In every instantiable class considered in this chapter, your interface functions maintain a list of pointers to all the C++ objects you have instantiated indirectly by instantiating its Java interface class. In the preceding constructor, the first statement checks to see whether this list should be initialized:

if (My3D_World_AllocLength == 0) {
      My3D_World_AllocLength =
            My3D_World_Resize(INITIAL_My3D_World_ALLOC);
}

My3D_World_Resize() is a helper function responsible for increasing and decreasing the amount of allocation for the pointer list to World objects. There is a similar function for each of the interface files considered in this chapter. The code for the My3D_World_Resize() function is shown in Listing 33.26.


Listing 33.26. My3D_World_Resize() function definition.

long My3D_World_Resize(long newsize) {

    World** NewObjPtr = new World* [newsize];
    long*   NewRefPtr = new long[newsize];

    long i;
    for (i=0; i != My3D_World_AllocLength; i++) {
       NewObjPtr[i] = My3D_World_ObjPtr[i];
       NewRefPtr[i] = My3D_World_ObjRef[i];
    }

    for (; i != newsize; i++) {
       NewObjPtr[i] = NULL;
       NewRefPtr[i] = 0;
    }

    delete My3D_World_ObjPtr;
    delete My3D_World_ObjRef;

    My3D_World_ObjPtr = NewObjPtr;
    My3D_World_ObjRef = NewRefPtr;

    return (newsize);
  }

Unused pointers in the C++ object array are set to NULL in the My3D_World_Resize() function. After checking in the interface constructor code to see whether the pointer list has been initialized, the constructor next tries to find an empty slot in the pointer list:

    long pos;
    for ( pos=0;
         (pos != My3D_World_AllocLength) &&
         (My3D_World_ObjPtr[pos] != NULL);
          pos++ )
       ;

The loop quits before it reaches My3D_World_AllocLength if it does find an empty slot. If it doesn't, the constructor allocates new pointer space:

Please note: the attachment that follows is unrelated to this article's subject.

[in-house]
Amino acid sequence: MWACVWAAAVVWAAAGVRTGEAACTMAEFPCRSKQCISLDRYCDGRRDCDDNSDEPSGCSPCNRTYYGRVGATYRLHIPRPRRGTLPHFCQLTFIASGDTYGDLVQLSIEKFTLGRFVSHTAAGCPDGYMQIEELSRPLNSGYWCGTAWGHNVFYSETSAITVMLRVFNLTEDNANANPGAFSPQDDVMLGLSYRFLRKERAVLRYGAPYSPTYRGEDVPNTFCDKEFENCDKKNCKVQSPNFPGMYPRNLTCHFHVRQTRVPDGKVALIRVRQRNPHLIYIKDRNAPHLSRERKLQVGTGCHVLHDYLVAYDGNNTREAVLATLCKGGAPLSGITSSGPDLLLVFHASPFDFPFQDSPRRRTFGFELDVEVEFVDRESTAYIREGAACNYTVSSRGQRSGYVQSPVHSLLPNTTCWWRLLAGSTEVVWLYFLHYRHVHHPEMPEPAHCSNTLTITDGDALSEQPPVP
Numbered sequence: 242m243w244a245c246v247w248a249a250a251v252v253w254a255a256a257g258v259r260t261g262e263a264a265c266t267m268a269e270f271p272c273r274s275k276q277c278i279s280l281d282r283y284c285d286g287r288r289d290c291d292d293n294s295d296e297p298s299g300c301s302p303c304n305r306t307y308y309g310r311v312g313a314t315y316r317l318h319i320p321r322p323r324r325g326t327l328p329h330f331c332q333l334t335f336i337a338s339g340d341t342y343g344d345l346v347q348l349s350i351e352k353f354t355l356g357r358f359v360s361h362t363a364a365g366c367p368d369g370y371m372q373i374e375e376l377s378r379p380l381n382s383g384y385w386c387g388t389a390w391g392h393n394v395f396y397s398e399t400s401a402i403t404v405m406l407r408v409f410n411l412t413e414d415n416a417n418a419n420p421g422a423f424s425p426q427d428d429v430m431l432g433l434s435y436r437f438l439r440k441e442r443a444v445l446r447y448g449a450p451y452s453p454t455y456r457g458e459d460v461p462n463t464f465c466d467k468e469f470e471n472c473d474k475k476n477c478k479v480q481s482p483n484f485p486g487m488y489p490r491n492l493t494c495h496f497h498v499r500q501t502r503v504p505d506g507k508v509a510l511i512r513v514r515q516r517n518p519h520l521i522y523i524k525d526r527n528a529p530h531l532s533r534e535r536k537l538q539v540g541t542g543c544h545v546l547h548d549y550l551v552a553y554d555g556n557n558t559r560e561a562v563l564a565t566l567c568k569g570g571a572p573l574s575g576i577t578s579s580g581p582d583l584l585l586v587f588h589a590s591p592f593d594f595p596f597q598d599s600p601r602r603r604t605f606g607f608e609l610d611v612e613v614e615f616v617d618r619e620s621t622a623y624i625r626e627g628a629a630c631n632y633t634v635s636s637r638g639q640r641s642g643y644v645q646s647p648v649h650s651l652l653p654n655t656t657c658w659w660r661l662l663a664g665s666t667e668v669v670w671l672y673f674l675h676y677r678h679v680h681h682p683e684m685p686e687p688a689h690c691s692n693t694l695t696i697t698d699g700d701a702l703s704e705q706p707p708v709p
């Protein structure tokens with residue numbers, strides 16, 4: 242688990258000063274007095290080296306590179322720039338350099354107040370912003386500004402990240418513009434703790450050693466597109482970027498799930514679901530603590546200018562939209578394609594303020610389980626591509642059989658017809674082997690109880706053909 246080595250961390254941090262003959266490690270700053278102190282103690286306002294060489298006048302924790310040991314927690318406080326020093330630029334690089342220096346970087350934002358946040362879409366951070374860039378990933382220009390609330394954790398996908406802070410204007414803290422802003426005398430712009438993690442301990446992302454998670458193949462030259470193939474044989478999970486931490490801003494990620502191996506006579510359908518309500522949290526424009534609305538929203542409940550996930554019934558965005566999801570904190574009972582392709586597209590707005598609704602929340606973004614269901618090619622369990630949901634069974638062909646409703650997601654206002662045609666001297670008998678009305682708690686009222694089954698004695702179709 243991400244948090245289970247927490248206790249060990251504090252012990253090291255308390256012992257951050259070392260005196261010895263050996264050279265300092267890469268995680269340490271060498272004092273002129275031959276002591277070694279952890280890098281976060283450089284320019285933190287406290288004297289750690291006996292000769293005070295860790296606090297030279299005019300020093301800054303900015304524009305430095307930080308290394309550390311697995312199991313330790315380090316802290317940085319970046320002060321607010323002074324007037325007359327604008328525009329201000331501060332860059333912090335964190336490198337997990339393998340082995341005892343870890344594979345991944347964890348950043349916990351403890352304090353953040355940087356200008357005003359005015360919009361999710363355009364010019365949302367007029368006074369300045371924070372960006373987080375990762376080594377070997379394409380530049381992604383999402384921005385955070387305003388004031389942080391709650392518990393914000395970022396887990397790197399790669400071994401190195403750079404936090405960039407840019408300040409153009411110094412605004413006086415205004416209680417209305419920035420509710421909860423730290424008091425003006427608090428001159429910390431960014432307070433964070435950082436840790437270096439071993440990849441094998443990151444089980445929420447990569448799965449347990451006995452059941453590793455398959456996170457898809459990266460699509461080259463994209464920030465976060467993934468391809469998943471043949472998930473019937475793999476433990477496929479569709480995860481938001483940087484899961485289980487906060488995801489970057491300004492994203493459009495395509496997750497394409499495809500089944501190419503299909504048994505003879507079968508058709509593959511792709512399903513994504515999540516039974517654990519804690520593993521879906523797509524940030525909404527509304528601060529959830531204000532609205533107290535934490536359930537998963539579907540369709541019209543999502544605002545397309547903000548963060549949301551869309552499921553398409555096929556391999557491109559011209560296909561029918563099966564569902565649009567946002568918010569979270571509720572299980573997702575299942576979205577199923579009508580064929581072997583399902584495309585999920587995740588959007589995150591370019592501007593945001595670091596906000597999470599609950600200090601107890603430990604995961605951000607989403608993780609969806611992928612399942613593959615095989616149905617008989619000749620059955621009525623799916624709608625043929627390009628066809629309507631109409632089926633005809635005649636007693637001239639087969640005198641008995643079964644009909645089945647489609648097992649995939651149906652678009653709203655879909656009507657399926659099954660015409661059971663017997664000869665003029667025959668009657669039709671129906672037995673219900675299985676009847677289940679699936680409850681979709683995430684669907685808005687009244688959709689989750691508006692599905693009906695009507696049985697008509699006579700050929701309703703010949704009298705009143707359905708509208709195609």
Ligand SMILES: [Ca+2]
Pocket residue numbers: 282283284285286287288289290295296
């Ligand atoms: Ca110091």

if (pos == My3D_World_AllocLength) {
      // All allocated positions are full.
      // So use exponential allocation to create some more.
      My3D_World_AllocLength =
          My3D_World_Resize(My3D_World_AllocLength*2);
    }

Notice that the constructor allocates pointer space exponentially-every time the constructor is forced to resize the pointer list, it does so to twice the size of the last pointer list size. This helps reduce the number of times that memory allocation is needed for large object databases, without wasting memory for small object databases. Because memory allocation is such an expensive event, you should implement this or an equivalent scheme in your interface code unless the size of the pointer array is known beforehand or the number of objects typically needed is very small (for example, fewer than eight).

With an empty spot on the list found for the instantiated pointer, the constructor allocates a World object and stores it in the list:

My3D_World_ObjPtr[pos] = new World();

The World object's constructor doesn't take any arguments, and for that reason, none are passed into the World constructor. If your constructor does take arguments, this is where you should change your routines to pass them in. If your class contains multiple constructors, you have to create multiple constructor interfaces in your implementation file to handle each variant-ugly, but because C does not have any functionality such as overloading in C++, it is the only way to accomplish this.

Directly following this allocation is an assert() function call that checks to make sure that the memory allocation occurred safely. If it didn't, the library will fail with the assertion. For your library, you should replace this assertion statement so that your program can handle any problems in a graceful manner.

The Reference Counter Functions

As you'll see in later sections, the underlying C++ library can sometimes return pointers to objects during calls to C++ methods. To mimic this operation in your Java library, you will want to add functionality to translate this pointer to one of the Java objects. Because multiple Java interface objects can refer to a single C++ pointer, you must maintain a reference counter to keep track of how many objects have a copy:

My3D_World_IncRefCntr(pos);